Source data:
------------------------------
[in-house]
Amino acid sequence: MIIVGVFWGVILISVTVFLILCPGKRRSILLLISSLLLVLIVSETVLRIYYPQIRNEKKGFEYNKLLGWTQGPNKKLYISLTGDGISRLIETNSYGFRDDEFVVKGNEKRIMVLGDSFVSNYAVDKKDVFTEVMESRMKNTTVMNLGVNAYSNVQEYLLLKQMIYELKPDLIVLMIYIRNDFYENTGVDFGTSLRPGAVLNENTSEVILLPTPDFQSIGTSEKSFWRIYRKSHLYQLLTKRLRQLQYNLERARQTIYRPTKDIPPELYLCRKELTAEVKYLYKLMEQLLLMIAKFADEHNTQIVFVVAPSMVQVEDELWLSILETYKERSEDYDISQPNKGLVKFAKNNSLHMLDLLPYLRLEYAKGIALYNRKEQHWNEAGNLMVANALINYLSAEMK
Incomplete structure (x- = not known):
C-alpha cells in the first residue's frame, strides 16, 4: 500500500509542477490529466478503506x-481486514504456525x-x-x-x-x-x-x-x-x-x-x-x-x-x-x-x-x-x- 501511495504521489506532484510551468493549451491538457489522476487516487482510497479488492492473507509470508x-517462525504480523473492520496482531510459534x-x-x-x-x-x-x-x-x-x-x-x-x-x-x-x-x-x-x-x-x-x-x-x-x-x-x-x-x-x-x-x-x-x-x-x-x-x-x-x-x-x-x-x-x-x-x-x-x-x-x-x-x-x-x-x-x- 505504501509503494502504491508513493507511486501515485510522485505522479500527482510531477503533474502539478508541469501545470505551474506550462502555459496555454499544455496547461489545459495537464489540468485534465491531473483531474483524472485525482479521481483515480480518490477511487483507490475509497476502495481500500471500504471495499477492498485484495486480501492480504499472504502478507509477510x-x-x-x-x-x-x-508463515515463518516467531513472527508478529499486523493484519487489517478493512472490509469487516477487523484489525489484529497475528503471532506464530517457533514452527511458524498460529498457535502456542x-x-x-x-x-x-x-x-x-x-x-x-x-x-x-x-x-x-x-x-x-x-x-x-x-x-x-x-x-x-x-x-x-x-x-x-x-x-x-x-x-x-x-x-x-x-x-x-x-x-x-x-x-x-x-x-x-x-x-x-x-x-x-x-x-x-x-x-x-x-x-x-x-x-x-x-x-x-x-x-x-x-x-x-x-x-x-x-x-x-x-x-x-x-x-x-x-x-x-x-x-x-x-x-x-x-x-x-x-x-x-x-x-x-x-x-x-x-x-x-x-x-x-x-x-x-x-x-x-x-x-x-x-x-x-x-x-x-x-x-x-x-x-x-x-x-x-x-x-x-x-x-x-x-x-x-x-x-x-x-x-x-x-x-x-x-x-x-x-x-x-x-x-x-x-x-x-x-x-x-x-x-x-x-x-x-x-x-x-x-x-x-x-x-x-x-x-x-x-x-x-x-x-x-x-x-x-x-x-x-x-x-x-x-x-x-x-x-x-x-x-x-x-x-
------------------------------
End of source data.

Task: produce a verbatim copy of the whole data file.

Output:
[in-house]
Amino acid sequence: MIIVGVFWGVILISVTVFLILCPGKRRSILLLISSLLLVLIVSETVLRIYYPQIRNEKKGFEYNKLLGWTQGPNKKLYISLTGDGISRLIETNSYGFRDDEFVVKGNEKRIMVLGDSFVSNYAVDKKDVFTEVMESRMKNTTVMNLGVNAYSNVQEYLLLKQMIYELKPDLIVLMIYIRNDFYENTGVDFGTSLRPGAVLNENTSEVILLPTPDFQSIGTSEKSFWRIYRKSHLYQLLTKRLRQLQYNLERARQTIYRPTKDIPPELYLCRKELTAEVKYLYKLMEQLLLMIAKFADEHNTQIVFVVAPSMVQVEDELWLSILETYKERSEDYDISQPNKGLVKFAKNNSLHMLDLLPYLRLEYAKGIALYNRKEQHWNEAGNLMVANALINYLSAEMK
Incomplete structure (x- = not known):
C-alpha cells in the first residue's frame, strides 16, 4: 500500500509542477490529466478503506x-481486514504456525x-x-x-x-x-x-x-x-x-x-x-x-x-x-x-x-x-x- 501511495504521489506532484510551468493549451491538457489522476487516487482510497479488492492473507509470508x-517462525504480523473492520496482531510459534x-x-x-x-x-x-x-x-x-x-x-x-x-x-x-x-x-x-x-x-x-x-x-x-x-x-x-x-x-x-x-x-x-x-x-x-x-x-x-x-x-x-x-x-x-x-x-x-x-x-x-x-x-x-x-x-x- 505504501509503494502504491508513493507511486501515485510522485505522479500527482510531477503533474502539478508541469501545470505551474506550462502555459496555454499544455496547461489545459495537464489540468485534465491531473483531474483524472485525482479521481483515480480518490477511487483507490475509497476502495481500500471500504471495499477492498485484495486480501492480504499472504502478507509477510x-x-x-x-x-x-x-508463515515463518516467531513472527508478529499486523493484519487489517478493512472490509469487516477487523484489525489484529497475528503471532506464530517457533514452527511458524498460529498457535502456542x-x-x-x-x-x-x-x-x-x-x-x-x-x-x-x-x-x-x-x-x-x-x-x-x-x-x-x-x-x-x-x-x-x-x-x-x-x-x-x-x-x-x-x-x-x-x-x-x-x-x-x-x-x-x-x-x-x-x-x-x-x-x-x-x-x-x-x-x-x-x-x-x-x-x-x-x-x-x-x-x-x-x-x-x-x-x-x-x-x-x-x-x-x-x-x-x-x-x-x-x-x-x-x-x-x-x-x-x-x-x-x-x-x-x-x-x-x-x-x-x-x-x-x-x-x-x-x-x-x-x-x-x-x-x-x-x-x-x-x-x-x-x-x-x-x-x-x-x-x-x-x-x-x-x-x-x-x-x-x-x-x-x-x-x-x-x-x-x-x-x-x-x-x-x-x-x-x-x-x-x-x-x-x-x-x-x-x-x-x-x-x-x-x-x-x-x-x-x-x-x-x-x-x-x-x-x-x-x-x-x-x-x-x-x-x-x-x-x-x-x-x-x-x-